Deutsche Bahn has joined the Star Alliance. Should Amtrak follow?

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plane2train

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It was recently reported that Deutsche Bahn, stemming from its partnership with Lufthansa, will be joining the Star "Multi-Modal" Alliance (same alliance as UA/LH/TK/SG and others). If Amtrak were to join, I think many air travelers would be incentivized to take the train and that an alliance would strengthen the AGR program, as it would eventually be able to offer points-earning opportunities to its ridership when they travel on other alliance members. Air carriers would be able to book their passengers on the Acela and other trains using codeshare agreements instead of flying them to certain places. However, Amtrak's agreement with UA (both codeshare and reciprocal frequent flyer agreement) went away a number of years ago. Does anyone know what factors figured into the decision to end it? I see nothing but positives for Deutsche Bahn and its ridership in joining Star and don't see any issues in Amtrak doing the same, save for a few upgrades to its technology that it might have to implement to service connecting airline passengers.

 
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This is nothing new. DB used to be aligned with OneWorld and an AA/BA codeshare partner. They've simply switched alliances after being dormant for a few years. It makes sense they'd go where Lufthansa operates. This may be the precursor to some reduction in short-haul flights in favor of rail routes as already happened in France.
 
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This is nothing new. DB used to be aligned with OneWorld and an AA/BA codeshare partner. They've simply switched alliances after being dormant for a few years. It makes sense they'd go where Lufthansa operates. This may be the precursor to some reduction in short-haul flights in favor of rail routes as already happened in France.
Given that the ICE goes through Franfurt Airport, it definitely makes sense to partner with them!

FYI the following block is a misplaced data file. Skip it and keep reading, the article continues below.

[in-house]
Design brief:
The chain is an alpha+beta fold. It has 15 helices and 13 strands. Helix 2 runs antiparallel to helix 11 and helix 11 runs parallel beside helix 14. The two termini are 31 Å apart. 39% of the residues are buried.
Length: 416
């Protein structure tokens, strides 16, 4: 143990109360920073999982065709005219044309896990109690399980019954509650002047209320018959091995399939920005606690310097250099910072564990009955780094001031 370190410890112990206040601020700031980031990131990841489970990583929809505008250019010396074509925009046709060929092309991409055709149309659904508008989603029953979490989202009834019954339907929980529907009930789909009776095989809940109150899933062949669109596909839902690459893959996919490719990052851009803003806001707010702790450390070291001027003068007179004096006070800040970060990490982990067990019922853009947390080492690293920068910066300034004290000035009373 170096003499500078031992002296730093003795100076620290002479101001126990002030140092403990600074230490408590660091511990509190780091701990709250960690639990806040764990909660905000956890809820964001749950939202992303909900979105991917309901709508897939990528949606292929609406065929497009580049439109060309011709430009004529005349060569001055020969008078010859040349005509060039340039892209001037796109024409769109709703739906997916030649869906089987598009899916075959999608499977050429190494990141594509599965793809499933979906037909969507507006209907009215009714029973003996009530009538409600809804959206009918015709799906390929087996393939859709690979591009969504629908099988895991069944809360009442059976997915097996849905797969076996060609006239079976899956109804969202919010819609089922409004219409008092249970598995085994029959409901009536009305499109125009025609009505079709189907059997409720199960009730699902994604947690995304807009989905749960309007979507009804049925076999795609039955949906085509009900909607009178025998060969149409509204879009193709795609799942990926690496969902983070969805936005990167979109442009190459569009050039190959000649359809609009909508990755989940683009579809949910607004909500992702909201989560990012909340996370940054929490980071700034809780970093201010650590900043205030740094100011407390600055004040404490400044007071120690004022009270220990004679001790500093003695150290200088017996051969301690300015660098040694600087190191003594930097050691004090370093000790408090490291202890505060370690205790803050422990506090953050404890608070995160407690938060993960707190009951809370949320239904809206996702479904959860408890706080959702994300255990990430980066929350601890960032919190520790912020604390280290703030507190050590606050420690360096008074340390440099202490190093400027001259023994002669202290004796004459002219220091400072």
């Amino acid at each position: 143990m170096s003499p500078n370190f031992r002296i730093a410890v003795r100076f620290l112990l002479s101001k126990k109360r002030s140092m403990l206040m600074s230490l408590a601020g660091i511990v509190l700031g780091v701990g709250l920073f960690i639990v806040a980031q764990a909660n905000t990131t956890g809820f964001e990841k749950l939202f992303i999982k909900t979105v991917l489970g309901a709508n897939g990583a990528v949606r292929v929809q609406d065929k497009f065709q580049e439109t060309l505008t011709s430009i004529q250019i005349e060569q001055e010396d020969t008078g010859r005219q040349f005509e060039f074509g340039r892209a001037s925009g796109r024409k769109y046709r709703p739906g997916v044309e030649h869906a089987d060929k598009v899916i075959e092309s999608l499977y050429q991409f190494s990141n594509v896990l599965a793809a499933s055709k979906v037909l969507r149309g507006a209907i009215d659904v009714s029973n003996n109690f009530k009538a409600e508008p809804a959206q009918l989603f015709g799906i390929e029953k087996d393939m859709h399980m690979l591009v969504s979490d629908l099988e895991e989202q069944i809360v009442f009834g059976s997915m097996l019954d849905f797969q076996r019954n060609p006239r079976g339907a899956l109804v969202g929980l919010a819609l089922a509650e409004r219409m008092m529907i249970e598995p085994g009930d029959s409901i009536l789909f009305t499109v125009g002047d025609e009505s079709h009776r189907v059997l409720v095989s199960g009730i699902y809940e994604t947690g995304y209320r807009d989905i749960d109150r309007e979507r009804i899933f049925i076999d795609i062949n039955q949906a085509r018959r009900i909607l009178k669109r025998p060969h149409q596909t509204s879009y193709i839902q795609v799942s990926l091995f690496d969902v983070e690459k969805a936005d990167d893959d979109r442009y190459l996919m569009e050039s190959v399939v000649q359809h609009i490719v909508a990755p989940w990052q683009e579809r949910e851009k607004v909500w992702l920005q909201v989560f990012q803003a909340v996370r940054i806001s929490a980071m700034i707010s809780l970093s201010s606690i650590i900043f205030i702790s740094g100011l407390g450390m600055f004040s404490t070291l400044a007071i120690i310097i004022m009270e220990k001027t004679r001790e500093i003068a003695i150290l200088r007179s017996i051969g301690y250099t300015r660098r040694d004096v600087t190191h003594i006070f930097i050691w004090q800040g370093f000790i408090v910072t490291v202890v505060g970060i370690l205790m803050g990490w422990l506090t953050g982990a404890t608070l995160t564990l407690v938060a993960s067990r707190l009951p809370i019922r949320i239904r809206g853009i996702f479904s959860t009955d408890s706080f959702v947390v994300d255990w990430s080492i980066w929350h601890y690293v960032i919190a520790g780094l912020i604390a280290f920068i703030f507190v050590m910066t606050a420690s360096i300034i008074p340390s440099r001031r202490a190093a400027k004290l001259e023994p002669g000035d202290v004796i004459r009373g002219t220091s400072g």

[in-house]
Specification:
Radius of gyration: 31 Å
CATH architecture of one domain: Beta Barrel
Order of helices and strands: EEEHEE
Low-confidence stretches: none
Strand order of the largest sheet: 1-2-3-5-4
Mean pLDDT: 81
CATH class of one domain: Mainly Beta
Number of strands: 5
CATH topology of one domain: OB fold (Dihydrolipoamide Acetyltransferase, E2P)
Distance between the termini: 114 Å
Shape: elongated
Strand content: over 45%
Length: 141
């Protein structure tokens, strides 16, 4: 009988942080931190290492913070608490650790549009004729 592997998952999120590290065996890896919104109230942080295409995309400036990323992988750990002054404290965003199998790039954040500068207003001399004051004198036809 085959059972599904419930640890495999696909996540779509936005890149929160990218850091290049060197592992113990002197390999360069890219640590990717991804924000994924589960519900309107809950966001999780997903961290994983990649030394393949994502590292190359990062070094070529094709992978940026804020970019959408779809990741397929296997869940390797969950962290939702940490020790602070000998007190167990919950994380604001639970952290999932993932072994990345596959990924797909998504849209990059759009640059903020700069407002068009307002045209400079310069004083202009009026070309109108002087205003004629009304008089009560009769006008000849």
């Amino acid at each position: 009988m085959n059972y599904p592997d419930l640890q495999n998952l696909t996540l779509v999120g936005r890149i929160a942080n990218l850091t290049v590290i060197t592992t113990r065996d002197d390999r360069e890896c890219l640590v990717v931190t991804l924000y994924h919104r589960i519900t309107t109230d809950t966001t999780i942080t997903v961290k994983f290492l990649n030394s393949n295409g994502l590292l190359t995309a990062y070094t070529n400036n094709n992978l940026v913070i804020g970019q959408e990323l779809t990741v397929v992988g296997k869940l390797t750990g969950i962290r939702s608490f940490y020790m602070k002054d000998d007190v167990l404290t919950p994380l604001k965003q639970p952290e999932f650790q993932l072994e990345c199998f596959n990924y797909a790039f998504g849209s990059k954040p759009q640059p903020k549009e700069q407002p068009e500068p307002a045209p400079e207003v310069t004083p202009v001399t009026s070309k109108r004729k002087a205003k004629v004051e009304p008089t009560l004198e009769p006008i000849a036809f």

jis

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I'd expect outfits like OBB and SBB to be the next in line to joint the Star Allaince.

What would be really intriguing and neat is if Indian Railways manages to do so, but the necessary IT alignment will take a bit of doing. I would not expect it to be something that happens soon.

There is a higher speed Metro line geared towards supporting airline passengers connecting Indira Gandhi International Airport Terminal 3 to New Delhi Railway Station, and IGI is served by United, Lufthansa and a few other Star Alliance Airlines in addition to being the primary hub of Air India which is a Star Alliance member.
 

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If Amtrak were to join, I think many air travelers would be incentivized to take the train and that an alliance would strengthen the AGR program, as it would eventually be able to offer points-earning opportunities to its ridership when they travel on other alliance members.
This might have been more relevant in the early days of travel alliances but today the majority of MacGuffin points are earned through stationary events like signup bonuses, manufactured spending, and endless churning. An artificial economy based on hyperinflation and usury dodging. The number of points earned from excursion travel is tiny compared to the cost of booking with points and many of the benefits of a global alliance are limited to irregular operations and edge case situations. It seems unlikely that many new customers would choose Amtrak simply because they joined an alliance but I have no problem with Amtrak joining one and it might even push them to update their back office for a change.
 
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jis

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Code shares are quite independant of alliances. Having a bunch of code shares does not require one to be part of any alliance, and interestingly, being in the same alliance does not mean that there will be code shares between all flights flown by the two alliance members either.

The classic case of this that I know of is United and Air India in India. Both are * members, but United does not have code share with most AI flights in India, and indeed preferentially they code share with Vistara, which is not a member of any alliance! Even more oddly, now Vistara and Air India are both owned by the Tata Group.

But, as I said before, it would be really interesting if Indian Railways joined * in India.
 

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One thing that comes to mind: DB has a lot more frequent, reliable connection options at Star Alliance-heavy airports throughout its home country than Amtrak does.
Remember there was a time that Lufthansa operated its own trains. Well, trains branded and painted in Lufthansa livery and with Lufthansa cabin staff providing on board service, but of course the mechanical and technical aspects were handled by DB. I think this stopped (from memory) some time in the 1990s when the original generation of trains became life expired and Lufthansa judged it would be more rational to just codeshare their passengers onto regular trains, which of course also permitted them to offer more choice in terms of destinations and frequencies.